Final status for claims (as submitted to Express, and published on 17 April 2006)

Henry H. Perritt, Jr.


Kosovo’s new political leadership can be proud of its early success in increasing international respect for Kosovo’s ability to govern itself effectively and to make changes in political leadership when that seems appropriate.  The success of an independent Kosovo can be assured only by a continuation of results-oriented, focused top leadership.  A further hallmark of Kosovo’s effectively functioning democracy is that the political opposition cooperated in making the changes. Fatmir Sejdiu, Agim Ceku, Ramush Haradinaj, Hashim Thaçi, Veton Surroi and others are exercising commendable leadership


There is, however, much work to be done both to win independence through the final status negotiations, and to build a foundation so that an independent Kosovo will be successful and fulfill the hopes and dreams of all of its peoples.  Many of the hallmarks of success already are receiving serious attention by final status negotiators and observers of the negotiations.  One matter, however, deserves greater attention than it has received in the past:  a mechanism for resolving competing financial claims growing out of Kosovo’s difficult past. 


Part of the final status negotiations must be the design and initial implementation of an appropriate mechanism for resolving competing property and contract claims incident to housing disputes, privatization, pension funds, and past public investment in Kosovo’s infrastructure. 


Quite recently, headlines in Belgrade asserted that Serbia continues to pay the costs of benefits that accrue to the government and people of Kosovo—in this case am overly general headline growing out of controversy over the privatization of ski facilities in Brezovica.


Many such controversies exist over competing claims to SOE property, over claims to pensions, over claims to recover public infrastructure investment, over claims for personal injuries, and over claims to assets owned by the government of Serbia and the past Yugoslavia.


Addressing these issues and settling the claims may seem like an esoteric matter that could wait to be addressed until well after final status for Kosovo has been implemented.  But the problem cannot wait.  Resolving these conflicting claims conclusively will require an international mechanism.  Serb interests will not trust the legal institutions in an independent Kosovo to make binding decisions.  Kosovar interests will not trust Serb institutions to make binding decisions.  International creditors and asset holders will not trust either system of national institutions.  After final status negotiations are concluded, a good opportunity to forge the necessary international institutions will have been lost, and it is far from clear that any set of stakeholders will have the muscle, after independence, to force others in the international community to pay attention to their claims or their decisions.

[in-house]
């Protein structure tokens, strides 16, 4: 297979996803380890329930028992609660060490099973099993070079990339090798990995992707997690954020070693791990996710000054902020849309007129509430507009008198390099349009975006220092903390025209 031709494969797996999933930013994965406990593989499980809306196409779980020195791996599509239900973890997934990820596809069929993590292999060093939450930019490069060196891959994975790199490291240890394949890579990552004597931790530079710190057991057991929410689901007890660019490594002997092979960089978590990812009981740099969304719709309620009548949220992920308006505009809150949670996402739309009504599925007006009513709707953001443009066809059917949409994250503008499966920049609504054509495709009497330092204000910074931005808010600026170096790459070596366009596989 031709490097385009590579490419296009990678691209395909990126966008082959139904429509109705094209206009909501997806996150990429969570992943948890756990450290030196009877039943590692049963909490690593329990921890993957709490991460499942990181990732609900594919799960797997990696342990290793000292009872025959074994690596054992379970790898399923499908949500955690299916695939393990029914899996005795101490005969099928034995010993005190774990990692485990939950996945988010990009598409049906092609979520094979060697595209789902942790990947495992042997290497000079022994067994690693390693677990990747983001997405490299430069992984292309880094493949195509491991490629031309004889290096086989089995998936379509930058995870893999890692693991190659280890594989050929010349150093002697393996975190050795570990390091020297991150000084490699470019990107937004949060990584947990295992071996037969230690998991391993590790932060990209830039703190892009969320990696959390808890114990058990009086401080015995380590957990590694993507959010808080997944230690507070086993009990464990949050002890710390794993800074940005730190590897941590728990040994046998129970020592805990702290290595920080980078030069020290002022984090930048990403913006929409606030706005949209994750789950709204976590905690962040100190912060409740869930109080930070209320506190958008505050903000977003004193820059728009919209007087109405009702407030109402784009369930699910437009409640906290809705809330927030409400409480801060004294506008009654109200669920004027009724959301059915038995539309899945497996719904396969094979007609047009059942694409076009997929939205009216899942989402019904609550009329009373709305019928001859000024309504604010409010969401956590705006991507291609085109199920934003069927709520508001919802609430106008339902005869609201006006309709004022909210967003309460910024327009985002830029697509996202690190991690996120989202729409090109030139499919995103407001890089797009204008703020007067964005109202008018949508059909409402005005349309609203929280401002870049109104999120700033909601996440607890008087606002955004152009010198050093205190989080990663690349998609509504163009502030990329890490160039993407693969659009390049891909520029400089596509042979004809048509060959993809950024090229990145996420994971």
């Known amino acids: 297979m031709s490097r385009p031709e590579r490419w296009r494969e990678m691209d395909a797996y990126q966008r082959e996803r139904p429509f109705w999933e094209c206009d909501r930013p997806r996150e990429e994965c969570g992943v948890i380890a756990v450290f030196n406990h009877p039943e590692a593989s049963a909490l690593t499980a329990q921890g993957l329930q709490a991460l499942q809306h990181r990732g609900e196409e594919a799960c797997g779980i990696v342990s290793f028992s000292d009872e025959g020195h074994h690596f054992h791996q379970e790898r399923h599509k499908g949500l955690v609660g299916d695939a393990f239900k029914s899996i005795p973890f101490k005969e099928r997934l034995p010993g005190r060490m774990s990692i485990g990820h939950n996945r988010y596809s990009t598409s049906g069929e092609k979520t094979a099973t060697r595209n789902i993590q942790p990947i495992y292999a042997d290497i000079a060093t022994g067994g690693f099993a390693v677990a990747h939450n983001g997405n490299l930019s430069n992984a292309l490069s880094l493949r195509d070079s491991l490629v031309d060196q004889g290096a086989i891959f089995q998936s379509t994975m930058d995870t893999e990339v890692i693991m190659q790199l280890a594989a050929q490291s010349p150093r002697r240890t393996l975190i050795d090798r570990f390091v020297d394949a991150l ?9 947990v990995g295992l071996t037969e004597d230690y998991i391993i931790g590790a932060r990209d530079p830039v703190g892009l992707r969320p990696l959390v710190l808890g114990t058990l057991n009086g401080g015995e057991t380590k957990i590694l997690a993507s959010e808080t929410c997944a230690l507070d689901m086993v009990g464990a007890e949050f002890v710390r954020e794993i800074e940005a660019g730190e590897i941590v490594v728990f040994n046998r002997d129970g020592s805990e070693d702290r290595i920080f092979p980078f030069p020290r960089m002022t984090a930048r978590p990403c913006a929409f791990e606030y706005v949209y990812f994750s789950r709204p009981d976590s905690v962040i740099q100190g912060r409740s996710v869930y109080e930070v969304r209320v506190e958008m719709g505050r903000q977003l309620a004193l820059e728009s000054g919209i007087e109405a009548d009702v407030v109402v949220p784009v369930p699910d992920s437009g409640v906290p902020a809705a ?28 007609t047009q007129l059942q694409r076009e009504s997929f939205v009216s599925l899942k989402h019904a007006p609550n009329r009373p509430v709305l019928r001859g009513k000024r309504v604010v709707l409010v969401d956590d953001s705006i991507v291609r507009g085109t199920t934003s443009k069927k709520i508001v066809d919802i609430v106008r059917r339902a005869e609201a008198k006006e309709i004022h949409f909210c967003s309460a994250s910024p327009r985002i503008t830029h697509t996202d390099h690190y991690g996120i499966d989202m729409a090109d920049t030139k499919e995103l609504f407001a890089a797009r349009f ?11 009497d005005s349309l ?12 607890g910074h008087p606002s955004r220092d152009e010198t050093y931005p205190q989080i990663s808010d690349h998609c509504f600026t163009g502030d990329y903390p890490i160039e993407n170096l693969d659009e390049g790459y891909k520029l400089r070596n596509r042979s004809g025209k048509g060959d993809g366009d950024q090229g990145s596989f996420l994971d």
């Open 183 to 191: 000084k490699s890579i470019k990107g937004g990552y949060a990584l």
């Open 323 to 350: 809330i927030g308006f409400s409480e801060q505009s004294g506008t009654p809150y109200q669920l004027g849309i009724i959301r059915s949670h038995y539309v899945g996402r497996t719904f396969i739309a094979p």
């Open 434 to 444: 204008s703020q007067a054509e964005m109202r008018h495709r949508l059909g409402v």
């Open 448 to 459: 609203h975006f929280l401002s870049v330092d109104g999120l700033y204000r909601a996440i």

Now, however, with international attention focused on the final status negotiations, and each side being pressed to make concessions, enough leverage exists to force people to pay attention to claims resolution.


About 18 months ago, I wrote a law review article on possible claims resolution machinery for Kosovo, as part of a symposium on final status for Kosovo held in Chicago and jointly sponsored by Chicago-Kent College of Law the University of Prishtina Law Faculty, The Chicago Council on Foreign Relations, the McCormick Tribune Foundation, and Northwestern University’s Center for International and Comparative Law.  In that article, I did not promise the final answer, but instead described models that had been used in other contexts, which may be promising for Kosovo.  For Kosovo, the most interesting model would be an international claims resolution tribunal, agreed to by the governments of Kosovo and Serbia, and also supported by major financial institutions in the major powers.  This claims resolution tribunal would have jurisdiction to make final decisions with respect to governmental and private claims and would have control over assets potentially subject to those claims.  It would displace litigation in national courts over a defined universe of claims.


The government of Kosovo should make sure that a serious discussion of these and other models should begin in the discussion of economic issues scheduled for early May.